GM said it would need to be able to sell about 150,000 of the Camaro annually to justify bringing the car to market.

The Camaro has been out of production since 2002, when it was discontinued because of lagging sales and an aging chassis that needed major redesign to meet new safety standards.

Camaro or GTO? GM Could Have Plans for New Holden Monaro - July 27, 2006

MELBOURNE, Australia — It looks as if there will be another Holden Monaro, although not for some time, says General Motors designer Michael Simcoe. But when it comes, it could have a Pontiac GTO or a Chevrolet Camaro for a sibling.

Simcoe, in Australia for the VE Commodore launch, is quoted in Melbourne's Age newspaper saying: "There will be another Monaro eventually, but it won't be here in the next six months or year or so. It'll still be a little while."

A new Monaro wouldn't be produced by itself, he said. "Clearly, we'd never want to do that," Simcoe told Age. "We'd want to find a sister vehicle to give us some volumes so that you could do the job properly."

And that sister vehicle? Well, it could be another Pontiac GTO or, as the rumor mill has it, the next-generation Chevrolet Camaro, or maybe both, off GM's Zeta architecture.

Holden spokesman Jason Laird refused to be drawn too much into the issue, saying only that Simcoe's comments are "fairly consistent with our position." He went on to add: "We'd like to do another Monaro, but there is no current program."

What this means to you: Keep your eyes Down Under if you are interested in the future of GM's sportier offerings.

Slow fade of American muscle cars poses challenge for automakers

The Dallas Morning News - Terry Box

TULSA, Okla. — Rushing through torrential rain on Interstate 44, the Shelby Mustang GT 500 splashes smoothly through road pools at speed.
This extreme 500-horsepower muscle car — the newest factory hot rod from Detroit — weathered that storm with ease and grace. But the GT 500 and other domestic muscle cars may face tougher tests ahead.

Although demand for the GT 500 is so high that it has pushed the car's $42,000 base price to $50,000 or more at many dealerships, some industry observers think it could be the last 500-horsepower muscle car to come out of Detroit.
With gas prices high and baby-boomer buyers nearing retirement, the sun may be setting on traditional American muscle cars.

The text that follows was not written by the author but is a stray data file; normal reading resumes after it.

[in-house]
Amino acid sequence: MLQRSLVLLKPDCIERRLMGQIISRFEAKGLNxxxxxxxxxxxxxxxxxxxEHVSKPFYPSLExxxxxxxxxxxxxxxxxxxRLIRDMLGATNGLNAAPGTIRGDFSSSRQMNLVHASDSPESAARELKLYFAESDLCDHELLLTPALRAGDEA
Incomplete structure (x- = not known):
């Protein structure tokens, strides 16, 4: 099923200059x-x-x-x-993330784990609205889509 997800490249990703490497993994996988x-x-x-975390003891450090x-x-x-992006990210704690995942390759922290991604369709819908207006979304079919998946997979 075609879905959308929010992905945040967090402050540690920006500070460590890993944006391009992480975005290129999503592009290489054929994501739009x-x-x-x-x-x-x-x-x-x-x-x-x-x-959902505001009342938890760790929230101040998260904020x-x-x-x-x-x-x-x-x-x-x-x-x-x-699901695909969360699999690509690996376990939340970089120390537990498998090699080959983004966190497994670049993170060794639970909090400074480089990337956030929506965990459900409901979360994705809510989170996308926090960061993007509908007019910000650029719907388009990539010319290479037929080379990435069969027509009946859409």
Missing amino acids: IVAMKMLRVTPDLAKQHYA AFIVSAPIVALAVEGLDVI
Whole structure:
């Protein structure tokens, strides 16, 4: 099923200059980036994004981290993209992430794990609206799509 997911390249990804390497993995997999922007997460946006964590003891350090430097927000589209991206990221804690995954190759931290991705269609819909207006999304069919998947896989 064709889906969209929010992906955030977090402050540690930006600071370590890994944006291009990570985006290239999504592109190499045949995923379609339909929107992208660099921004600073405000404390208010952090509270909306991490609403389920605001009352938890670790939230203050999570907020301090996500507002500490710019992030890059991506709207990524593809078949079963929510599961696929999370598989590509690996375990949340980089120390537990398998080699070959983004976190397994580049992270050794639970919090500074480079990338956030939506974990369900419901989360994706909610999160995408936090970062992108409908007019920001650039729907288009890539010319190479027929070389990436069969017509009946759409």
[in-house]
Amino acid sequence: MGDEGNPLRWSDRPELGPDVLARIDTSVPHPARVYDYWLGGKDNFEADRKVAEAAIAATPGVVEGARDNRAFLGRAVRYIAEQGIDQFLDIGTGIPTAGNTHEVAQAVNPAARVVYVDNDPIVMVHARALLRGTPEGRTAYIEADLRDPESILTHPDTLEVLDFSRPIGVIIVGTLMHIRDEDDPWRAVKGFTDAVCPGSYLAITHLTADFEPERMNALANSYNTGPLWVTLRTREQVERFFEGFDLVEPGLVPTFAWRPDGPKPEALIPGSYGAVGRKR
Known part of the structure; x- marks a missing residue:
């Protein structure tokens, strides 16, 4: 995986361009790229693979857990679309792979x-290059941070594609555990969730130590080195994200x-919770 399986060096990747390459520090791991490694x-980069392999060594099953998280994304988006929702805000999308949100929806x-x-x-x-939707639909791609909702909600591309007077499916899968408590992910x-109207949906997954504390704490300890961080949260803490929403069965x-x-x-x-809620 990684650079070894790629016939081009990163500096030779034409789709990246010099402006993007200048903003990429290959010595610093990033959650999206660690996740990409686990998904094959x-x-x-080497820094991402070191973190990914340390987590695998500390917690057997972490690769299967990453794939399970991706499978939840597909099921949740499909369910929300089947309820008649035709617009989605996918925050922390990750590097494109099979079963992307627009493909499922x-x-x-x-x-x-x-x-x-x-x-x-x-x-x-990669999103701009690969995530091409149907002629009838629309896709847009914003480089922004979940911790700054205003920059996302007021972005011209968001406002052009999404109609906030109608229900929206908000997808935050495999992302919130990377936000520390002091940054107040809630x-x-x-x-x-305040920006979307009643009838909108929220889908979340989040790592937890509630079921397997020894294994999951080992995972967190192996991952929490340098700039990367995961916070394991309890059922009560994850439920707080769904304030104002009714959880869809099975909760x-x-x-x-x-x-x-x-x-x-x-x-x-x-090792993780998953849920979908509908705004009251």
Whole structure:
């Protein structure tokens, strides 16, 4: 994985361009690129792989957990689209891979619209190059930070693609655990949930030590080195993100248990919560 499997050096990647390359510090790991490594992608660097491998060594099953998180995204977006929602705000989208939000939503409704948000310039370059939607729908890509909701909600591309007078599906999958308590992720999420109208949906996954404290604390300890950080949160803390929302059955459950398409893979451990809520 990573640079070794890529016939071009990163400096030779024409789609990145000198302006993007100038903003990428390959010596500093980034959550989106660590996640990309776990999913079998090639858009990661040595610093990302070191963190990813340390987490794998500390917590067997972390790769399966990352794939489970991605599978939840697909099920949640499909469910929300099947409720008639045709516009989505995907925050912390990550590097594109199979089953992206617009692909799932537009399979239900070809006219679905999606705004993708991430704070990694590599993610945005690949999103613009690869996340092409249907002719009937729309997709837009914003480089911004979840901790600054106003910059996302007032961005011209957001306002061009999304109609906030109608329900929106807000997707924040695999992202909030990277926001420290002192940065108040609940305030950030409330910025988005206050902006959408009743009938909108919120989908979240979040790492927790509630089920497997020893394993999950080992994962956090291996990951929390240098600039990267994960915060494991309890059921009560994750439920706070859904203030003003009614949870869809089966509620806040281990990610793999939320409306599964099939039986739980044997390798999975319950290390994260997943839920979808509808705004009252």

The genre was born more than 40 years ago and revived in the early '90s with the Dodge Viper, whose V-10 engine now pumps out 520 horsepower.
Moreover, as General Motors Corp. and Ford Motor Co. struggle financially, the money to develop these cars may be limited — particularly if the number of potential buyers is dwindling.

Moreover, as General Motors Corp. and Ford Motor Co. struggle financially, the money to develop these cars may be limited — particularly if the number of potential buyers is dwindling.

"I think there is a built-in demographic for these cars now," said Michael Jordan, chief of Automobile magazine's Los Angeles bureau, who wrote a story on muscle cars for the July issue.

"But it's totally correct to say this is not a big boom market. I just don't see more of the ... (500-horsepower cars) coming from Detroit."

Though no one is predicting the imminent demise of all muscle cars, their slow fade could pose a significant challenge for Detroit.

Although the cars primarily appeal to over-50 buyers, they are the Big Three's main "halo" vehicles — attention-grabbers for the entire brand.
Without high-profile cars like the GT 500 — which should arrive at dealerships within 60 days — and the Z06 Corvette, the Dodge Viper and Charger SRT-8, "the domestics are left with nothing in the way of halo vehicles," said Wes Brown, an analyst at industry consultant Iceology in Los Angeles.
"I don't know if we are at the peak or not," he said. "I guess it will be determined by how well these cars are executed."

"I don't see the Europeans backing away from selling luxury cars with these massive V-8s and huge horsepower," Brown said. "But that's low volume.
"If you want to keep your (sales) volumes high, there could be some resistance to bigger V-8s with high horsepower, particularly if gas stays high."

Muscle cars may evolve into smaller, lighter, more economical vehicles that appeal to younger buyers, but they won't fade away altogether, predicted Jim Sanfillippo, executive vice president of industry consultant AMCI Inc. in Bloomfield Hills, Mich.
"Do these cars have a bright future?" Sanfillippo said. "No. But they were always a niche. What you will see in the future is smaller-displacement V-8s, direct injection for power and efficiency, lighter materials. They may be different from today's muscle cars, but they will still be muscle cars."

With the arrival of the GT 500, four domestic vehicles now have at least 500 horsepower — including the Corvette Z06, Dodge Viper, and Dodge Ram SRT-10.
Sales of those low-volume, ultra-high-performance vehicles are likely to slow first, industry officials say.

"I don't know whether we'll see more of these (500-horsepower) cars or not," said legendary Texas racer Carroll Shelby, who built the original GT 350 and GT 500 Mustangs for Ford in the 1960s and worked with the company on the current car.